With respect to the tutoring, the professor who teaches the 4th year supervises the work of the 4th-year student and therefore indirectly the entire group. In the first meeting, this student presents an outline of the case and its possible solutions. In subsequent meetings, the 4th-year student presents the progress made with the group work and, after a previously established amount of time, presents the final report with the solution of the case. The professors of the 3rd and 2nd year answer specific questions asked by the students, corresponding to the specific part of the case related to each professor’s subject.
The professor of the 4th year, in collaboration with the professors from the 3rd and 2nd years, will take charge of:
• Preparing the case.
• Controlling the composition of the work groups and monitoring them.
• Suggesting evaluation criteria and appraising the tasks executed.
• Helping 4th-year students to be a model in the group in terms of conduct and attitude (verbal, gestural, etc.)
• Helping the 4th-year student to stimulate idea exchanges and decision justification, to evaluate the work performed, and to resolve problematic situations (a domineering student, a student who does not want to work in a group, a marginalized student, etc.).
The 4th-year student is in charge of:
• Organizing and controlling the meetings of the group.
• Defining the tasks of each group member.
• Verifying that each member knows the aims of the work.
The evaluation of the 4th-year student will be ongoing and final: “ongoing” in the sense of informing the 4th-year professor on the progress of the group and on the work finished; and “final” in the sense that at the resolution of the case the professor will evaluate the results.
The evaluation of the 3rd- and 2nd-year students will be “final” depending on the work presented.
The scheme shown in Figure 1 summarizes the interactions between the participants of the project, according to the description presented above.
The resolution of the case will be evaluated in the following way:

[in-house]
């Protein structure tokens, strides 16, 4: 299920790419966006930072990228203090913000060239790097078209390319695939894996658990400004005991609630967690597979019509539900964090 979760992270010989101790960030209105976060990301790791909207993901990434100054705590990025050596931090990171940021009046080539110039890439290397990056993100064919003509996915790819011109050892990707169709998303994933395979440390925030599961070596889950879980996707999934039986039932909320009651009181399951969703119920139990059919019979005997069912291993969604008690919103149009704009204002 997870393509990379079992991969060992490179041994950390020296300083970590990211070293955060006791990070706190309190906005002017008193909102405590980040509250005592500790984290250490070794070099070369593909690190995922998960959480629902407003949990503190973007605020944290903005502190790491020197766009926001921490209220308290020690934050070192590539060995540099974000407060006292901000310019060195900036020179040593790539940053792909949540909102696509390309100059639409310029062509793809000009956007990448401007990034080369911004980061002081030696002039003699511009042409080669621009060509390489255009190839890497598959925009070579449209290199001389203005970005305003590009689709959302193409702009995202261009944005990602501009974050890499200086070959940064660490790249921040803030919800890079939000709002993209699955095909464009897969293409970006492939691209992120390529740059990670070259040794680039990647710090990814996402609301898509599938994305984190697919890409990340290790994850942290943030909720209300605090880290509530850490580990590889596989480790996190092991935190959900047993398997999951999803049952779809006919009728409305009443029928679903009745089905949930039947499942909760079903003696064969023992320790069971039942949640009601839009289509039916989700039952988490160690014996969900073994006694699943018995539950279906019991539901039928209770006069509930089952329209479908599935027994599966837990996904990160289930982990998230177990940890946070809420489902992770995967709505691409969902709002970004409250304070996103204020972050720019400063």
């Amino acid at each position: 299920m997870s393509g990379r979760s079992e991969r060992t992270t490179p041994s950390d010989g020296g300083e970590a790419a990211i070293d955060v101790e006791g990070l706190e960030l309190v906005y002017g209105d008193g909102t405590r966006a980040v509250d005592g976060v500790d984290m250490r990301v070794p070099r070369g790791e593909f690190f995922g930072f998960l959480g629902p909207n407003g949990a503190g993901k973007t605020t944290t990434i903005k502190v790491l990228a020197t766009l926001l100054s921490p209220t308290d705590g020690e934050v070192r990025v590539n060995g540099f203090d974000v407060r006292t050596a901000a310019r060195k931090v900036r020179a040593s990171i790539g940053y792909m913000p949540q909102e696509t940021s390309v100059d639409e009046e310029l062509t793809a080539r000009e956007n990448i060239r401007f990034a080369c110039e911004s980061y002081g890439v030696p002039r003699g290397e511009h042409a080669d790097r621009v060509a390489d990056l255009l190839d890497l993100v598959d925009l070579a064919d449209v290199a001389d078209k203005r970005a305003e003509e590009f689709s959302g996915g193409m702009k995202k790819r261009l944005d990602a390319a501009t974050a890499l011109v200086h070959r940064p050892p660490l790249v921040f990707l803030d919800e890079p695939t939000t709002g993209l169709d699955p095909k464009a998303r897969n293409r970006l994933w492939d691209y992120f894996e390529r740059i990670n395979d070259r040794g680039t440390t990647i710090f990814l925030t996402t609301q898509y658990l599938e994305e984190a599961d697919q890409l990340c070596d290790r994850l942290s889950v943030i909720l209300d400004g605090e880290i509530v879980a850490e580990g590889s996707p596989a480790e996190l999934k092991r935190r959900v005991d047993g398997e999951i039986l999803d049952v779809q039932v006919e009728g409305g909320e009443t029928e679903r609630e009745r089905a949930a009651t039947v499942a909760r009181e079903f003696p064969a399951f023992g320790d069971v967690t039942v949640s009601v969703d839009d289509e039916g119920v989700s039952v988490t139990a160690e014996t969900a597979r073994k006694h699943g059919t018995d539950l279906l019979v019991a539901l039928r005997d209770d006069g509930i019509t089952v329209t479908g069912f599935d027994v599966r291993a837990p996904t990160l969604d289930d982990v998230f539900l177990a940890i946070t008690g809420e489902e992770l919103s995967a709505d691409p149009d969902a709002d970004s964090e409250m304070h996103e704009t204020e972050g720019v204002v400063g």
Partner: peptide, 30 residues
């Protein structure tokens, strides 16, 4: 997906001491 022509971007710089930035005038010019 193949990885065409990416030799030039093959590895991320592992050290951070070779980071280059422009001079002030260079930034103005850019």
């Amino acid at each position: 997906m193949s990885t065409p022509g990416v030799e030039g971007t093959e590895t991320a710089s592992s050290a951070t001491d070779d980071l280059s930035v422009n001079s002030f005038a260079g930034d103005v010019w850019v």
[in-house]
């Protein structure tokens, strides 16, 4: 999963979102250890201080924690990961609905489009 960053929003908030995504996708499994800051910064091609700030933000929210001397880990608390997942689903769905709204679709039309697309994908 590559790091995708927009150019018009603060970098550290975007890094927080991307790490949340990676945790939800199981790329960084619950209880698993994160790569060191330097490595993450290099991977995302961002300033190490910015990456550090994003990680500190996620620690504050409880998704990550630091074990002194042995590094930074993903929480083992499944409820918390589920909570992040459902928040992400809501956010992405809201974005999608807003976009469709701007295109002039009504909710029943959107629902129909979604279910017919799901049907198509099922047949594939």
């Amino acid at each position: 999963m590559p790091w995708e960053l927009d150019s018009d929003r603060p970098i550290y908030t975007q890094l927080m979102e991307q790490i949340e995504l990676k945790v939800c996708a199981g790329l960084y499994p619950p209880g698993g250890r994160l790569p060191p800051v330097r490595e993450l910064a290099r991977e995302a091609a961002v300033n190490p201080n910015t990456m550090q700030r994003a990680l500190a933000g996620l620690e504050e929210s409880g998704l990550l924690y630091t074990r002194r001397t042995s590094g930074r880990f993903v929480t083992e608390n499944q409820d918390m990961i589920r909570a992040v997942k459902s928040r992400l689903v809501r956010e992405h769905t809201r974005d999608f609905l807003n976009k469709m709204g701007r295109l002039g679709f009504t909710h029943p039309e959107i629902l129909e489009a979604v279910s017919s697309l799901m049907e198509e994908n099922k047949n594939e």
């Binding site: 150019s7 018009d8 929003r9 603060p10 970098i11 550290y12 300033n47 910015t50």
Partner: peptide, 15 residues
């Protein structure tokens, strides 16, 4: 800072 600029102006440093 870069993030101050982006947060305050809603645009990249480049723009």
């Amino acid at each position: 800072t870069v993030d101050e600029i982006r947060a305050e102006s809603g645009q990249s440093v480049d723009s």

The grade earned by the 4th-year student will be the average between the grade earned individually (continuous and final) and the average of the grades of the other three members of the group. In this way, the 4th-year student will take responsibility for the work of the other group members.
The grade earned by the 3rd-year student will be the average between the grade earned individually and the average of the grades of the two 2nd-year students. In this way, the 3rd-year student will take responsibility for the work of the 2nd-year members of the group but not for the work carried out by the student of the 4th year. Finally, the grade earned by the students of the 2nd year will be the average of their individual grade. Thus, the 2nd-year students do not become responsible for the work done by their fellow group members of the higher levels.
This project could be executed according to the following plan (Table 1).
Timetable of activities.
|1st semester||Presentation of the activities||Request for volunteers||Formation of groups||Execution of work||Presentation of the work|
• 1st week: class activity is presented (2nd, 3rd, and 4th year).
• 2nd week: the professors responsible for each subject ask for volunteer students to participate in the project.
• 3rd week: the work groups composed of students from the three levels are formed.
• 4th to 13th week: the different parts of the work are executed in each of the groups formed.
• 14th and 15th weeks: the final works are presented in each class.
In this work, we propose a methodology for active teaching, based on the cooperative learning and peer tutoring by case studies.
The learning by students in an active way generates more interest on their part, more overall effectiveness in fulfilling the objectives and the acquisition of transversal competence that they might otherwise not reach.
Specifically, learning based on case studies encourages students to develop competence in analysis, synthesis, and decision making, enabling them to contemplate different alternatives, to solve problems in a shared as well as individual way, and to contribute academic knowledge, prior experience, and even personal values in such a way that students learn from one another.
With the method proposed, the aim is to stimulate cooperative learning which encompasses positive interdependence, face-to-face interaction, individual responsibility, basic skills of working in a group, and the development of activities of reflection and evaluation. In addition, the students in each work group, on coming from different academic years, not only are not classmates but also are of different levels. This promotes better acquisition of competence in cooperation and social interaction.
What we consider the most novel feature of this project is to introduce the peer tutoring by students from the upper levels to help students of the lowest level, a very uncommon approach in the Spanish educational system. With this initiative, the aim is not only to encourage all the benefits derived from cooperative work, but also to permit the exchange of knowledge and of experiences between students.
In our case, the work groups will be formed by students of four different subjects of the Bachelor’s Degree in Optics and Optometry of the University of Granada (Spain). These subjects are: Visual Rehabilitation (4th year), Optometry IV (3rd year), Optometry II (2nd year), and Technology of Ophthalmic Lenses I (2nd year). However, the methodology proposed could be adapted to be implemented for other degrees.
The authors express their appreciation to David Nesbitt for translating the text into English.